How Old Does Your Child Need to Be to Start Working Out?

STACK Expert Doug Fioranelli discusses the right age for children to start training and recommends three prerequisites for parents to keep in mind.

As youth academics and sports become more competitive, parents are looking for ways to separate their children from the crowd. As a result, supplementary youth training is becoming more popular, and children are starting younger and younger.

A generation ago, kids didn't even begin structured weight training until high school. Now, I occasionally receive phone calls from parents inquiring about my services for their eight- and nine-year-olds. I have politely turned away children who, in my opinion, were too young, explaining to parents that I would rather have them explore and develop their athleticism and love of fitness though moving, running and playing as many sports as possible—and in a few years they can come back and talk with me.

Youth Athlete Workout

From what I've observed, 12 or 13 years old is the appropriate age to start a proper strength and conditioning program. Young athletes' attention spans are not great, and they too often end up doing things they shouldn't be doing and getting hurt.

Younger athletes are also less in tune with their bodies than their older peers. The under-12's have a harder time understanding how to move their bodies properly and how to make adjustments. Early teen athletes may not perform the movements correctly initially, but they usually  have a better ability to understand a trainer's cues and make adjustments.

Even when athletes are 12 or 13 years old, they should still meet a few other prerequisites before they start a strength and conditioning program.

1. The Youngster Must Want to Train

What coaches or parents want can be a lot different from what a child wants. Young athletes may be indifferent in the beginning, when the idea is first proposed, most likely because they don't know what to expect. They cannot give a definitive answer to the question whether they want to train. Coaching a disinterested athlete is fruitless at best.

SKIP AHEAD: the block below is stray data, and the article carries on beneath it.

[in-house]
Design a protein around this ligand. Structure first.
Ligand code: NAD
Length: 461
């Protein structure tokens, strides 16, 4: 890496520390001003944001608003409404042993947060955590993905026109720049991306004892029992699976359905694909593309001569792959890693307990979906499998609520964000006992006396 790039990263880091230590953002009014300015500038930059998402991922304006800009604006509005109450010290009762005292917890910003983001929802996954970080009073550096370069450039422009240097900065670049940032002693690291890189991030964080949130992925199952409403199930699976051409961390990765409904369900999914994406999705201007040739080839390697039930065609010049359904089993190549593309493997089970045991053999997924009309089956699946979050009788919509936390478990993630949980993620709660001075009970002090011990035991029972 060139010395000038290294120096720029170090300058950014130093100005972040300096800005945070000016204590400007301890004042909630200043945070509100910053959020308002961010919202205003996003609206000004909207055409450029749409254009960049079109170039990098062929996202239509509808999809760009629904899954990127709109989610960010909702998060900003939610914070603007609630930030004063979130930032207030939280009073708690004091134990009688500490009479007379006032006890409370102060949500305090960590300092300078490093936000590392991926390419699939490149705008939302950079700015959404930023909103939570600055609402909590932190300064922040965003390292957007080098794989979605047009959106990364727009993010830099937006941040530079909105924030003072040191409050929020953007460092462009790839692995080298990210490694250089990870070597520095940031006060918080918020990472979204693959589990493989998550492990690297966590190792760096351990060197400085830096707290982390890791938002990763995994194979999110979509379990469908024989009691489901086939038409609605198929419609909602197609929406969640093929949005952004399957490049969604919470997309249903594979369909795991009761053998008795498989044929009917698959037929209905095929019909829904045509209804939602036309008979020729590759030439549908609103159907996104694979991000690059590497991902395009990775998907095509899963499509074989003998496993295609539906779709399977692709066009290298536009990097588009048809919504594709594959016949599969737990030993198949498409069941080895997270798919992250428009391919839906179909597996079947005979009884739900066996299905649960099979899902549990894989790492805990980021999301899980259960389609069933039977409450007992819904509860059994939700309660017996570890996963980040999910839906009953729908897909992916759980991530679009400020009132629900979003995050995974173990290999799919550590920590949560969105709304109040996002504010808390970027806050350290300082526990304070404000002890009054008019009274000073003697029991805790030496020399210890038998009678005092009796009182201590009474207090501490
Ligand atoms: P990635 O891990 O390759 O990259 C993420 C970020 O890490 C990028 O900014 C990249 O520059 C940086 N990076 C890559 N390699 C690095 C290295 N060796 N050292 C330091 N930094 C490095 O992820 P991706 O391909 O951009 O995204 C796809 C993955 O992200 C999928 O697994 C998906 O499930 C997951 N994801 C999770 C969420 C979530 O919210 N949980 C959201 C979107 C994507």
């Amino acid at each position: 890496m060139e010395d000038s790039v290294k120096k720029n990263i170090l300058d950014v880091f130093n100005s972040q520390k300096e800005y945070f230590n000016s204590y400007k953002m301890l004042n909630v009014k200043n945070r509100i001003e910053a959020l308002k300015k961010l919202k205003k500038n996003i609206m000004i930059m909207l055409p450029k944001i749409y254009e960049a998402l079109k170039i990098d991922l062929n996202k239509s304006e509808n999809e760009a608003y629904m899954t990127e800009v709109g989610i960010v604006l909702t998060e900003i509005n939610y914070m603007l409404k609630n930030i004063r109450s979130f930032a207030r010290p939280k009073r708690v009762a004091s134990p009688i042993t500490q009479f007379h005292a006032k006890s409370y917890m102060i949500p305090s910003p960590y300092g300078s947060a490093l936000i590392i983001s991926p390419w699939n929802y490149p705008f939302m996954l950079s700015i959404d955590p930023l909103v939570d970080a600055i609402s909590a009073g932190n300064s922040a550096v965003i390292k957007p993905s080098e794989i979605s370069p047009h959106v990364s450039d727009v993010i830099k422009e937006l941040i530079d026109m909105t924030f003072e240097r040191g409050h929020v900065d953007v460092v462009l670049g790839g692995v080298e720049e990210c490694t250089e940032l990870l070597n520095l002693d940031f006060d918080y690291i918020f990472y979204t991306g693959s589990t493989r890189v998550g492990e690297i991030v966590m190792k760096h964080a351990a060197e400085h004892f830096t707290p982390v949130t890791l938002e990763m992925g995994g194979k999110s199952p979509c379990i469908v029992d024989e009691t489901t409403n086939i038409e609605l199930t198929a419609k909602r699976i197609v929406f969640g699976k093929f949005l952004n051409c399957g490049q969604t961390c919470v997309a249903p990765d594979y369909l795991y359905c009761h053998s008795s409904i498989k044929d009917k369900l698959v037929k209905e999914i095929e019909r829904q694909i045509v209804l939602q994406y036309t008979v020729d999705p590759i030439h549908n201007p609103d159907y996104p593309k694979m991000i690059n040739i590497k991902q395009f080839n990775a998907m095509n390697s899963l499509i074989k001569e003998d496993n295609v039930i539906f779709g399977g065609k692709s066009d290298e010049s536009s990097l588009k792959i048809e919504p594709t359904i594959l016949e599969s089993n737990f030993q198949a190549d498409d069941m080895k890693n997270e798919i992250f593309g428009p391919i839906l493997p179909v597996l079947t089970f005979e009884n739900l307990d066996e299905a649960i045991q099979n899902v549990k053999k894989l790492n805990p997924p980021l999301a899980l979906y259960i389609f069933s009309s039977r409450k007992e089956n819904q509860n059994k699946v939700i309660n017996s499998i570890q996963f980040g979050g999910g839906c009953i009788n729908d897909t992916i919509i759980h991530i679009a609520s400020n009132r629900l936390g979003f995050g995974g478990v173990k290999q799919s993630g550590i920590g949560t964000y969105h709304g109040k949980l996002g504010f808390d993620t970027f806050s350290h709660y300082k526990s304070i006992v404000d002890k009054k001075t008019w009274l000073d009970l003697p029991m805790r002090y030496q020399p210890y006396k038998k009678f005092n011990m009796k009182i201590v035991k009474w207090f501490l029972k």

I like to offer a trial session so the child can better understand what's involved, and I can get to know the child a little better. Parents: if you let your kids decide whether they want to train, you will avoid a lot of heartache down the road.

2. Don't Add More to a Full Plate

Just like with anything else, proper technical execution and repetitions produce better results. However, adding physical training as one more expectation in your child's already full schedule is not a great idea. It can lead to poor recovery and potentially more injuries.

Find a down time, either between seasons or in the summer. Training during an off-season for a few weeks or months, even once a week, is an good way to help build an athlete's foundation without overwhelming him or her.

3. Find a Program that Focuses on Success

Look for a positive environment. The weight room ahould not be a place where your child is beaten down mentally or physically. Yes, every kid should be challenged from time to time, but the most important things they can take away from the gym when they are young are a sense of accomplishment and a feeling of confidence.

The trainer should teach the proper foundations of movement, making the program appropriately progressive but not moving up too quickly with movement difficulty and weight. Most importantly, the trainer should always provide positive feedback.


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Topics: COACH | STRENGTH AND CONDITIONING | WEIGHT TRAINING | HIGH SCHOOL | POSITIVE COACHING